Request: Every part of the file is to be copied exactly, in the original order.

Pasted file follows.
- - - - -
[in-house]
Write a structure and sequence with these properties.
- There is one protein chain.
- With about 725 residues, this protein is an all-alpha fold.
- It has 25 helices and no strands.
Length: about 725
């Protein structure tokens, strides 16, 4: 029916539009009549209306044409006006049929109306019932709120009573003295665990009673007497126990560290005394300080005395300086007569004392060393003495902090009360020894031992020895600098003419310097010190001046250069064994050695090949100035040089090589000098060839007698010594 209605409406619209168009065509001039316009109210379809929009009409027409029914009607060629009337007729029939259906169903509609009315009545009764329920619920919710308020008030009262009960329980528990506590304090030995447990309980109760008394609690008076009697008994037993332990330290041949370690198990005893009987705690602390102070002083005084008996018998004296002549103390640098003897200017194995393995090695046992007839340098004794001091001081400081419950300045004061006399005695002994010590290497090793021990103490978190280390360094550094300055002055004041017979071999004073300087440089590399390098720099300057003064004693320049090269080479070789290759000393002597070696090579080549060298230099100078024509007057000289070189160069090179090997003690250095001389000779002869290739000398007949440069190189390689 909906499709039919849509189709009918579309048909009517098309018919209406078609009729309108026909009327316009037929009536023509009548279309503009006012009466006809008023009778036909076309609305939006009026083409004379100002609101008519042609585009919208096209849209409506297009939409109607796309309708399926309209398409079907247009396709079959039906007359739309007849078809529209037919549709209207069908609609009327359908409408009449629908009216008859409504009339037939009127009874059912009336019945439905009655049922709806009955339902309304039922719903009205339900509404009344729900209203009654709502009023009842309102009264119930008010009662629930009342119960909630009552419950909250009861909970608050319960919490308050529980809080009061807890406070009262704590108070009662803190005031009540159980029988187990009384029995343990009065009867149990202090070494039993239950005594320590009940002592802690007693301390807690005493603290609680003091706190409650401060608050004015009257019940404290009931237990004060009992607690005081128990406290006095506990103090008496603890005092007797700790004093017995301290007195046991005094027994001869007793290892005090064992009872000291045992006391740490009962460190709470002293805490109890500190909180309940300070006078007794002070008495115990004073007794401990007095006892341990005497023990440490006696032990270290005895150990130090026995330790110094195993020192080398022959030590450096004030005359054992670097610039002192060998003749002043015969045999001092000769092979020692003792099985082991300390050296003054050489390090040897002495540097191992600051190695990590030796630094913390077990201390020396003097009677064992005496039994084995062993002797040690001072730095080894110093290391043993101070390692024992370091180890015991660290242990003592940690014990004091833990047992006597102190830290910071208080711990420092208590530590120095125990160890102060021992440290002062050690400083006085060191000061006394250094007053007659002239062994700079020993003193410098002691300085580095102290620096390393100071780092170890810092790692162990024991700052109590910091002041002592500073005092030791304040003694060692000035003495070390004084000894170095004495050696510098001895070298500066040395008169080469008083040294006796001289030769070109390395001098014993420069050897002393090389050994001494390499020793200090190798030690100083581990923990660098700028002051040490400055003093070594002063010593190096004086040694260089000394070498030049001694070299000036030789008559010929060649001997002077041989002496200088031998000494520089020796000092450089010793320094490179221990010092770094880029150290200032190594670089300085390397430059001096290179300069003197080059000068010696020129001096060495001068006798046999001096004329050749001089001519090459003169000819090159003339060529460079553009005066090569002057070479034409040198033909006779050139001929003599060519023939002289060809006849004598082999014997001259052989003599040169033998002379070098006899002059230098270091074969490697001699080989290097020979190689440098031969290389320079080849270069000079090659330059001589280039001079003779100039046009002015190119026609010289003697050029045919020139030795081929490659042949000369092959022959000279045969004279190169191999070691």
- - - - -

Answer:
[in-house]
Write a structure and sequence with these properties.
- There is one protein chain.
- With about 725 residues, this protein is an all-alpha fold.
- It has 25 helices and no strands.
Length: about 725
């Protein structure tokens, strides 16, 4: 029916539009009549209306044409006006049929109306019932709120009573003295665990009673007497126990560290005394300080005395300086007569004392060393003495902090009360020894031992020895600098003419310097010190001046250069064994050695090949100035040089090589000098060839007698010594 209605409406619209168009065509001039316009109210379809929009009409027409029914009607060629009337007729029939259906169903509609009315009545009764329920619920919710308020008030009262009960329980528990506590304090030995447990309980109760008394609690008076009697008994037993332990330290041949370690198990005893009987705690602390102070002083005084008996018998004296002549103390640098003897200017194995393995090695046992007839340098004794001091001081400081419950300045004061006399005695002994010590290497090793021990103490978190280390360094550094300055002055004041017979071999004073300087440089590399390098720099300057003064004693320049090269080479070789290759000393002597070696090579080549060298230099100078024509007057000289070189160069090179090997003690250095001389000779002869290739000398007949440069190189390689 909906499709039919849509189709009918579309048909009517098309018919209406078609009729309108026909009327316009037929009536023509009548279309503009006012009466006809008023009778036909076309609305939006009026083409004379100002609101008519042609585009919208096209849209409506297009939409109607796309309708399926309209398409079907247009396709079959039906007359739309007849078809529209037919549709209207069908609609009327359908409408009449629908009216008859409504009339037939009127009874059912009336019945439905009655049922709806009955339902309304039922719903009205339900509404009344729900209203009654709502009023009842309102009264119930008010009662629930009342119960909630009552419950909250009861909970608050319960919490308050529980809080009061807890406070009262704590108070009662803190005031009540159980029988187990009384029995343990009065009867149990202090070494039993239950005594320590009940002592802690007693301390807690005493603290609680003091706190409650401060608050004015009257019940404290009931237990004060009992607690005081128990406290006095506990103090008496603890005092007797700790004093017995301290007195046991005094027994001869007793290892005090064992009872000291045992006391740490009962460190709470002293805490109890500190909180309940300070006078007794002070008495115990004073007794401990007095006892341990005497023990440490006696032990270290005895150990130090026995330790110094195993020192080398022959030590450096004030005359054992670097610039002192060998003749002043015969045999001092000769092979020692003792099985082991300390050296003054050489390090040897002495540097191992600051190695990590030796630094913390077990201390020396003097009677064992005496039994084995062993002797040690001072730095080894110093290391043993101070390692024992370091180890015991660290242990003592940690014990004091833990047992006597102190830290910071208080711990420092208590530590120095125990160890102060021992440290002062050690400083006085060191000061006394250094007053007659002239062994700079020993003193410098002691300085580095102290620096390393100071780092170890810092790692162990024991700052109590910091002041002592500073005092030791304040003694060692000035003495070390004084000894170095004495050696510098001895070298500066040395008169080469008083040294006796001289030769070109390395001098014993420069050897002393090389050994001494390499020793200090190798030690100083581990923990660098700028002051040490400055003093070594002063010593190096004086040694260089000394070498030049001694070299000036030789008559010929060649001997002077041989002496200088031998000494520089020796000092450089010793320094490179221990010092770094880029150290200032190594670089300085390397430059001096290179300069003197080059000068010696020129001096060495001068006798046999001096004329050749001089001519090459003169000819090159003339060529460079553009005066090569002057070479034409040198033909006779050139001929003599060519023939002289060809006849004598082999014997001259052989003599040169033998002379070098006899002059230098270091074969490697001699080989290097020979190689440098031969290389320079080849270069000079090659330059001589280039001079003779100039046009002015190119026609010289003697050029045919020139030795081929490659042949000369092959022959000279045969004279190169191999070691």